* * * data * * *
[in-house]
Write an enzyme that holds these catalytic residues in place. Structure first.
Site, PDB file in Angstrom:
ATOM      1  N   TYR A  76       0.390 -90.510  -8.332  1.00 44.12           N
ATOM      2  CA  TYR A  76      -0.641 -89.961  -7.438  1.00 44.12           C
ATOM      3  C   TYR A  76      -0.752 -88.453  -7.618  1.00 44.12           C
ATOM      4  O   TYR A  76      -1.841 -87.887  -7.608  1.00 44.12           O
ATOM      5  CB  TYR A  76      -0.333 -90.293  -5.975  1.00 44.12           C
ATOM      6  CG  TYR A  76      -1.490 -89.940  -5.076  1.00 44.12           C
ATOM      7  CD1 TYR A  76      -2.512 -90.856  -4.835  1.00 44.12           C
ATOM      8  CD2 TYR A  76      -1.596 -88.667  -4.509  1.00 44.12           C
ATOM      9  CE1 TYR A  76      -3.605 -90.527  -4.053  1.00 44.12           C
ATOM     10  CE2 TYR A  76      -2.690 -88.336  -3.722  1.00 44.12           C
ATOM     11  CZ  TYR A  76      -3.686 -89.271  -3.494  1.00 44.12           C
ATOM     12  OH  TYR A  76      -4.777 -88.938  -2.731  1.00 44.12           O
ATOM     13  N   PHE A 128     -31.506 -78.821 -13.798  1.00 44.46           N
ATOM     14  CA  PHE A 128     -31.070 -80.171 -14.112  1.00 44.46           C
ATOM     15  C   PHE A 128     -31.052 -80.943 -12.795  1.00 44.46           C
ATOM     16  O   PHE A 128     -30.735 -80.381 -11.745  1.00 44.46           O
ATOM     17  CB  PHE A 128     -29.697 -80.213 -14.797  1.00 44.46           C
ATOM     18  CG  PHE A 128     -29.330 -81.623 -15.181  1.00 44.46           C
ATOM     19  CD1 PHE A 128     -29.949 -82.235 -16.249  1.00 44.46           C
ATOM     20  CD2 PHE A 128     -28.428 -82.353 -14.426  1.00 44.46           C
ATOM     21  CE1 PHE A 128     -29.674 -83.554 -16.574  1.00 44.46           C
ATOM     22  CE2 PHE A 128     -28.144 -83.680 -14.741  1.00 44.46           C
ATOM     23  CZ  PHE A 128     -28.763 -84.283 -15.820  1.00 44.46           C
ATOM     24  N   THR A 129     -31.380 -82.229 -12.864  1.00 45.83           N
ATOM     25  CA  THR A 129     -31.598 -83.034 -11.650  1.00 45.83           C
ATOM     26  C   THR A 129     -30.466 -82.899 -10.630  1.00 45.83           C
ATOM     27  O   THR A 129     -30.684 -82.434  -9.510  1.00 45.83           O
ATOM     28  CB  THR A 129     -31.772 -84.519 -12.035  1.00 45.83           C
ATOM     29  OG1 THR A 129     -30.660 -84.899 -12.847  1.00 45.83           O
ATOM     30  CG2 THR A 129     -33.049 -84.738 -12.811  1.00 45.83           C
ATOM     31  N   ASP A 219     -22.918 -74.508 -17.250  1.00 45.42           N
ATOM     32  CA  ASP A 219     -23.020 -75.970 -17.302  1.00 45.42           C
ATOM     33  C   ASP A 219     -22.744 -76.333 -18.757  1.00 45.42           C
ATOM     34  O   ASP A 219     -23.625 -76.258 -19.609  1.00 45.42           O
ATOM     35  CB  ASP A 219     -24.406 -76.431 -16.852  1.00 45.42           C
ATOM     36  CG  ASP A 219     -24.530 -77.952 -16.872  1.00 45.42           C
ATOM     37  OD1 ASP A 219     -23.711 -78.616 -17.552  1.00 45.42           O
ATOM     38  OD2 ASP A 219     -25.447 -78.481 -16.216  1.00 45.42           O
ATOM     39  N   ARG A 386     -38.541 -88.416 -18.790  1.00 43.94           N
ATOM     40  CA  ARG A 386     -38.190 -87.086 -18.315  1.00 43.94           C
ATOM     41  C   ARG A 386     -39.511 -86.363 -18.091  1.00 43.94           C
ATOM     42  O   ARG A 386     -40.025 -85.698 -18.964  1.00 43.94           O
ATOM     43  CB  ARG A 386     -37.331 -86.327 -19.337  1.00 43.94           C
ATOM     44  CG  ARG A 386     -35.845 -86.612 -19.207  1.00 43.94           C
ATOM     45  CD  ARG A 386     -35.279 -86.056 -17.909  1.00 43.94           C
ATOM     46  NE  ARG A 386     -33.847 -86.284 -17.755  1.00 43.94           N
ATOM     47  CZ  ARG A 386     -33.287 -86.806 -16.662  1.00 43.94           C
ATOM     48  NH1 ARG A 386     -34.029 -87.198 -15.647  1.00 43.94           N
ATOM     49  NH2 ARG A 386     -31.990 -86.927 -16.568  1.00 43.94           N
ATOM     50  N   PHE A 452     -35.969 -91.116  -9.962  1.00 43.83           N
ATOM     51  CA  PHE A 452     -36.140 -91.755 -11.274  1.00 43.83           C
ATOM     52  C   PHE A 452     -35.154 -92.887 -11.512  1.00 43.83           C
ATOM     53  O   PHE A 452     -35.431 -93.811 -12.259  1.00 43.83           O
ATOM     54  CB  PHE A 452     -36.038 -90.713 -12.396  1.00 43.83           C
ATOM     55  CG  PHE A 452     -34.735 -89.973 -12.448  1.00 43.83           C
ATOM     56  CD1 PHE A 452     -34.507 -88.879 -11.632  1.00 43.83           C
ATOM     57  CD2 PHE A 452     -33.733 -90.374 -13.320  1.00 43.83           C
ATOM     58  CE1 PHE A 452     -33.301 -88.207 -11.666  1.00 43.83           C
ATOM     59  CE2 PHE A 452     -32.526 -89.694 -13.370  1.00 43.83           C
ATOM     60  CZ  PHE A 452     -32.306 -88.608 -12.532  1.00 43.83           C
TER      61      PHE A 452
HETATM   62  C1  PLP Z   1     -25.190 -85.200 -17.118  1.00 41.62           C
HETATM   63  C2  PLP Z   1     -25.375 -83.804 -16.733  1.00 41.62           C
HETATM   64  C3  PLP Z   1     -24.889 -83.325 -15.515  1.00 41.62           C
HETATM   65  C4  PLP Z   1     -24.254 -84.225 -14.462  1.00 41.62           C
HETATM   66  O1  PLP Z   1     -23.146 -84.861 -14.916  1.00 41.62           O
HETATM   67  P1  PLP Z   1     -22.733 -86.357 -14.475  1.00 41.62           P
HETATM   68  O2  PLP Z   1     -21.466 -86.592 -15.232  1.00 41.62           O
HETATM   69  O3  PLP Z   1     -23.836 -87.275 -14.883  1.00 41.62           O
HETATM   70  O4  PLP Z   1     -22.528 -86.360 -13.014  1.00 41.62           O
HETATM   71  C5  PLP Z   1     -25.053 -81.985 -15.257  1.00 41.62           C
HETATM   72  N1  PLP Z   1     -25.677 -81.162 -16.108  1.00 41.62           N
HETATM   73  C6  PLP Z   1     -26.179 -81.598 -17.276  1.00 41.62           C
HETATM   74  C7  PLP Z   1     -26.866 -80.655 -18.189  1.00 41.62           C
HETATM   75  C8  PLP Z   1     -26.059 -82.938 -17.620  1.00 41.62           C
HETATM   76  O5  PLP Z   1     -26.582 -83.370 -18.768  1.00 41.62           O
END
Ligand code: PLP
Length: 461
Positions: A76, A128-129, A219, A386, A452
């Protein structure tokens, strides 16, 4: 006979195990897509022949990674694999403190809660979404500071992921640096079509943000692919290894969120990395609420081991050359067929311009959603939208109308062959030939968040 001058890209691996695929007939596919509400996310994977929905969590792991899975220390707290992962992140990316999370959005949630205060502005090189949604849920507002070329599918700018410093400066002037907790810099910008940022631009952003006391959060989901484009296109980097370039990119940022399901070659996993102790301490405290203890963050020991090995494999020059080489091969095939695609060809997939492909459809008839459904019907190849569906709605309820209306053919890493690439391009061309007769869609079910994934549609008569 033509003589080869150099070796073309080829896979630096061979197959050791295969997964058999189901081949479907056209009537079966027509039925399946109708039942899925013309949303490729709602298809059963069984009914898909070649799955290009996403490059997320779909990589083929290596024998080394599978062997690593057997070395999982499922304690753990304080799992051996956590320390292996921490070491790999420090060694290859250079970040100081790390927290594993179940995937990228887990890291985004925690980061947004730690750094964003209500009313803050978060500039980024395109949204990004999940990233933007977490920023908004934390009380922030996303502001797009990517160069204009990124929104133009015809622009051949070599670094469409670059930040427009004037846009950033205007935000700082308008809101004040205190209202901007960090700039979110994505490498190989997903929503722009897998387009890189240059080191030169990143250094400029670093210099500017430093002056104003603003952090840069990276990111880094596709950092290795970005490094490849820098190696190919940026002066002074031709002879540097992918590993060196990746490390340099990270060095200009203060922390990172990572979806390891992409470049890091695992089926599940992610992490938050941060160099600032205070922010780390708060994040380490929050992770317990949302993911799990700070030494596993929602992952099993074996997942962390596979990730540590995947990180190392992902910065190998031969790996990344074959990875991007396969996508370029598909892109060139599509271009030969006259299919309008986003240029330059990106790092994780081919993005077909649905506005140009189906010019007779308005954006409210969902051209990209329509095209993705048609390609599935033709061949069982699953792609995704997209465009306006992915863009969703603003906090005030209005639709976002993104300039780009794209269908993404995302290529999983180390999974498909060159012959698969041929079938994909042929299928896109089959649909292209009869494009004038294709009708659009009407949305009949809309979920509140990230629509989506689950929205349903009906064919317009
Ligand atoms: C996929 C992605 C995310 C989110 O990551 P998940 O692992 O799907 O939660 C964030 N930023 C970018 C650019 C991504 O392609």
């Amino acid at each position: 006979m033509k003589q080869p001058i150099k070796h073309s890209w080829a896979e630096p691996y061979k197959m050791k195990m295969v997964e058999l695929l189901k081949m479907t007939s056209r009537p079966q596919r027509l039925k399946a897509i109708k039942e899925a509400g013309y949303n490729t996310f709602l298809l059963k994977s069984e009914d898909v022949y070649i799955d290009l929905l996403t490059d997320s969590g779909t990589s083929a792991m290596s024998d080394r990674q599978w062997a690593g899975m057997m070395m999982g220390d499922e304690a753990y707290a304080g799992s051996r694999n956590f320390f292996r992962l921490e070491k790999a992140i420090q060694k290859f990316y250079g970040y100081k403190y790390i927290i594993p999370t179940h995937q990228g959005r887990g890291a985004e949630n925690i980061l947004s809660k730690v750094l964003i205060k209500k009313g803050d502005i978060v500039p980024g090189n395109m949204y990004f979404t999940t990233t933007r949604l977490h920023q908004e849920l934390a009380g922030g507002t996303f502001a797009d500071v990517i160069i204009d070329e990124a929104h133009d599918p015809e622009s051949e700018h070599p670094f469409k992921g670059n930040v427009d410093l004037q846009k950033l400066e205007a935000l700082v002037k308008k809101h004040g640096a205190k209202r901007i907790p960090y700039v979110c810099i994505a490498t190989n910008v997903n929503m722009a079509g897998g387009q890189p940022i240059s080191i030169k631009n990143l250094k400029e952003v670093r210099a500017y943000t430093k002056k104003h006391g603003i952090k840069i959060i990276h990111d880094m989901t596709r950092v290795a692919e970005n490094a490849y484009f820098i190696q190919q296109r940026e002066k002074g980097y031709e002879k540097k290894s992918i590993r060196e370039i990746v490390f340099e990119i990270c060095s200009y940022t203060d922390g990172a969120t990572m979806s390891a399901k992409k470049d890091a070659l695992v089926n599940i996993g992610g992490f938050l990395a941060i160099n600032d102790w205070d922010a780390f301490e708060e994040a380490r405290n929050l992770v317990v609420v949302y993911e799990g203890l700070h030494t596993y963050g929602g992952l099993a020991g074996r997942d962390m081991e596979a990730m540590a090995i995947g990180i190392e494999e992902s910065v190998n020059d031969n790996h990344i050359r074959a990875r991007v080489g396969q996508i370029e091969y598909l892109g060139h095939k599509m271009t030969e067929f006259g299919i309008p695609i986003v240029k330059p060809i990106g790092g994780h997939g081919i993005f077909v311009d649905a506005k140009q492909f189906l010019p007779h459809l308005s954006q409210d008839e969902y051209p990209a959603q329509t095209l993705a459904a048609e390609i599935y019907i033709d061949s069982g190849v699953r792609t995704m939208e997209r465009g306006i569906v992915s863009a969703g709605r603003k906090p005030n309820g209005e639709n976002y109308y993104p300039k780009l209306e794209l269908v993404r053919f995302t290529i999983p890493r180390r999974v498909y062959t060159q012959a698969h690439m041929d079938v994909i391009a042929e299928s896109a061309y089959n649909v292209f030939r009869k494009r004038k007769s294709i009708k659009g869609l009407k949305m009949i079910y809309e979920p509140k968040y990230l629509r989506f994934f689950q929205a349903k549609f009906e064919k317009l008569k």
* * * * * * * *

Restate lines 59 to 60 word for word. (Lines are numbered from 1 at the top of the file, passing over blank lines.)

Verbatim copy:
ATOM     56  CD1 PHE A 452     -34.507 -88.879 -11.632  1.00 43.83           C
ATOM     57  CD2 PHE A 452     -33.733 -90.374 -13.320  1.00 43.83           C